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Queen Isabella by Alison Weir

Queen Isabella

by Alison Weir

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A bit dull ( )
  ramrak | Aug 22, 2017 |
Informative narrative of the life of Isabella of France, Queen to Edward 2nd. Extensive research from historical records are used to describe the life and times of this much maligned Queen. ( )
  Pmaurer | Jun 27, 2017 |
I have yet to read an Alison Weir book that I didn't like. She chose a fascinating subject in Queen Isabella, whose life was full of political and romantic intrigue. As a consequence, this book is every bit as gripping and page-turn-y (yes, I'm convinced that's a word) as Game of Thrones (I do wonder whether George R. R. Martin based Cersei in part on Isabella). My only quibble is that Weir sometimes takes Isabella's part a bit too earnestly; after a while you begin to feel that you're reading a zealous defense of the Lannisters. ( )
  gayla.bassham | Nov 7, 2016 |
I found this an interesting read rather than a gripping one, although it was educational before listening to this all I knew about Isabella was that she had had her husband murdered by means of a red hot poker up his bum.
She appears to have been a very good diplomat and in reality probably played no part in her husbands death.I find it strange that one of the acts that made her really unpopular with the English was negotiating peace with Scotland. Isabella believed that the war with Scotland could never be won, given that it had been on and off since the time of the norman conquest and so far no englishman had been crowned king of scotland she may have had a point. She also believed that it was expensive in terms of lives and money, money that the country didn't have. The fact that she was greedy and abused her position also didn't make her popular.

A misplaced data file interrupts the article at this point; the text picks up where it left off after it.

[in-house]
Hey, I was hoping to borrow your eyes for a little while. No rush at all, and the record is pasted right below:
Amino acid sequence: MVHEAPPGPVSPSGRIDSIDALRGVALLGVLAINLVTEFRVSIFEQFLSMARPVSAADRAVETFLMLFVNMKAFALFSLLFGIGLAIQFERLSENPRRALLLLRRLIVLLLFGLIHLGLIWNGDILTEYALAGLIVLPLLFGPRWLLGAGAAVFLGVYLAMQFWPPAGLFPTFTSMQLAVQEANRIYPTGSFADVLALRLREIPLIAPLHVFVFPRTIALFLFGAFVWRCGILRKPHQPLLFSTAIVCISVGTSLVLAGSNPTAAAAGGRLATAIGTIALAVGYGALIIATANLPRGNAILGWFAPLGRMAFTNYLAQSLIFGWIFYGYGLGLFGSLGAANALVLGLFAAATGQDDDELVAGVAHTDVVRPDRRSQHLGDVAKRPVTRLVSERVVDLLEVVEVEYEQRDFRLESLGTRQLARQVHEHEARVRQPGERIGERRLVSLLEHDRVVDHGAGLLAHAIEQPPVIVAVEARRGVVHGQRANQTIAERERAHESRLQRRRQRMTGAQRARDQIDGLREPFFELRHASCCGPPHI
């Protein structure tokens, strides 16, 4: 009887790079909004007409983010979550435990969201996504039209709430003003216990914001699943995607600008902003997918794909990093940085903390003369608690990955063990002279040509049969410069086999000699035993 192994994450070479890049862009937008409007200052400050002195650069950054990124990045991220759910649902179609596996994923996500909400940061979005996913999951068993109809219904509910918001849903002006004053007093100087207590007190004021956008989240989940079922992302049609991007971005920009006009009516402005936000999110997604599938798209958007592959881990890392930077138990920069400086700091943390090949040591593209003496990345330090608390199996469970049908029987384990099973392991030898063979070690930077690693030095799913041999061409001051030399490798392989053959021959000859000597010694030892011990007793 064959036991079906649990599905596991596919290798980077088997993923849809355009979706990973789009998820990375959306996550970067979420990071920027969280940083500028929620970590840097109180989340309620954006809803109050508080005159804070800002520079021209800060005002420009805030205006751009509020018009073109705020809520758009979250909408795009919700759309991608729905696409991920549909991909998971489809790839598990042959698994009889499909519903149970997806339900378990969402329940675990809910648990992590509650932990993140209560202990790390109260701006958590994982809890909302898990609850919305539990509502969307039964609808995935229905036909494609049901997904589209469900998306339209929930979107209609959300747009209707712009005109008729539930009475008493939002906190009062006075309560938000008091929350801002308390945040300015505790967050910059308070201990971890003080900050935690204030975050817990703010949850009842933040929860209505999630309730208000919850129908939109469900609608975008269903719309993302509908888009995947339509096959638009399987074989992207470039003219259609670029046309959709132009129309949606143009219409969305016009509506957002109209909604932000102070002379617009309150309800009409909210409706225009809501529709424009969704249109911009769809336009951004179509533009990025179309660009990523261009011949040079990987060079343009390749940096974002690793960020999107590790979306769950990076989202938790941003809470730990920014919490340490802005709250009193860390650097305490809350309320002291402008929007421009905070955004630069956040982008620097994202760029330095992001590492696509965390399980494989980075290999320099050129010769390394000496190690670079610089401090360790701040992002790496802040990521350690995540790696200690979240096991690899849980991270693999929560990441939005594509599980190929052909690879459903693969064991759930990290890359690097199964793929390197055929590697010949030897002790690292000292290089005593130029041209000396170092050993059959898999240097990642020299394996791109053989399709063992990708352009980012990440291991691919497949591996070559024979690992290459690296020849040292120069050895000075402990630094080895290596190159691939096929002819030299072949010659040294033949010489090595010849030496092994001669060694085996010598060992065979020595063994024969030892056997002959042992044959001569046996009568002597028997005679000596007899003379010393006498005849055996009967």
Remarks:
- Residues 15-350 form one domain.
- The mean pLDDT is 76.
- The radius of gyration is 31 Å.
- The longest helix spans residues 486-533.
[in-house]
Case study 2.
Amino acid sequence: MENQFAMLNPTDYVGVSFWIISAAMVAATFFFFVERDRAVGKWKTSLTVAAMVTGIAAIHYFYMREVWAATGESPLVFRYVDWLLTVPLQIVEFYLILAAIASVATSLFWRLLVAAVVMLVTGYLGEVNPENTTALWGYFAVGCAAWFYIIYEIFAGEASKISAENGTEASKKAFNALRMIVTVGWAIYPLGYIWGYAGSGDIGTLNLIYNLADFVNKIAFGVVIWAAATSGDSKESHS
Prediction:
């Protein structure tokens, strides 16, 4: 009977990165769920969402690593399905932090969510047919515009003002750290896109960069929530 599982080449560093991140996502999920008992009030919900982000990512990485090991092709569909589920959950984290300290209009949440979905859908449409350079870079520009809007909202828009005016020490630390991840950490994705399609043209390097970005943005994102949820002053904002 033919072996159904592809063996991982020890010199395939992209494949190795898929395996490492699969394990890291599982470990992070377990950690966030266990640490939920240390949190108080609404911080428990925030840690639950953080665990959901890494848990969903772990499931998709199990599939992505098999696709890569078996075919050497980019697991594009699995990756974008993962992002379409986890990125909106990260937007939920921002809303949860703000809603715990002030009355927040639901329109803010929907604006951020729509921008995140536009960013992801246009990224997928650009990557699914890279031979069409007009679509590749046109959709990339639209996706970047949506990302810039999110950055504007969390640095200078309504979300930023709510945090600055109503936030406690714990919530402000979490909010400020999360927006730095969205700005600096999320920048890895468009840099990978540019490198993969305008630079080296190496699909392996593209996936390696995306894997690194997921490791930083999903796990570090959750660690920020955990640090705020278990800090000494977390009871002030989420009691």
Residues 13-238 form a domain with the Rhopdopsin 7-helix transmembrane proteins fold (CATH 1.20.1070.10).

A time machine would be handy, then I could go back and tell Edward III to give it up you are never going to be king of scotland, you may occupy various parts of the country but the first king to be crowned as both king of england and scotland will actually be a scot and he is 250 years in the future so stop wasting lives and money. ( )
  KarenDuff | Jun 1, 2016 |
I knew nothing about Queen Isabella of England or this era of English history (early 14th century) so I really feel like I learned something, in addition to being an interesting tale of an English queen (daughter of a French king) who wound up leading an invading force to depose her husband King Edward II and put her son on the throne, only to suffer her own deposition of sorts when her son (Edward III) returned the favor a few years later. Weir's stated aim was to rehabilitate Isabella's reputation as a bloodthirsty "She-Wolf of France", and as far as I could tell she succeeded. As always with books set in this era and earlier, there is too much mundane listing of household goods and purchases, land grants, day-to-day movements that are not momentous etc., presumably because these are the only things that are solidly documented in what remains of the written record, but it's still fairly absorbing for all that. I thought Weir provided adequate backup for her claims, which apparently run counter to the conventional historical view of Isabella (generally written by men, of course). ( )
  rosalita | May 12, 2016 |
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On 20 May 1303, a solemn betrothal took place in Paris.
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Amazon.com Product Description (ISBN 0345453204, Paperback)

In this vibrant biography, acclaimed author Alison Weir reexamines the life of Isabella of England, one of history’s most notorious and charismatic queens. Isabella arrived in London in 1308, the spirited twelve-year-old daughter of King Philip IV of France. Her marriage to the heir to England’s throne was designed to heal old political wounds between the two countries, and in the years that followed she became an important figure, a determined and clever woman whose influence would come to last centuries. Many myths and legends have been woven around Isabella’s story, but in this first full biography in more than 150 years, Alison Weir gives a groundbreaking new perspective.

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(retrieved from Amazon Thu, 12 Mar 2015 18:19:17 -0400)

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A portrait of Queen Isabella describes her marriage to Edward II, the king's homosexual affairs, her flight back to France, and her alliance with her husband's arch-enemy, Roger Mortimer, with whom she launched a revolution.

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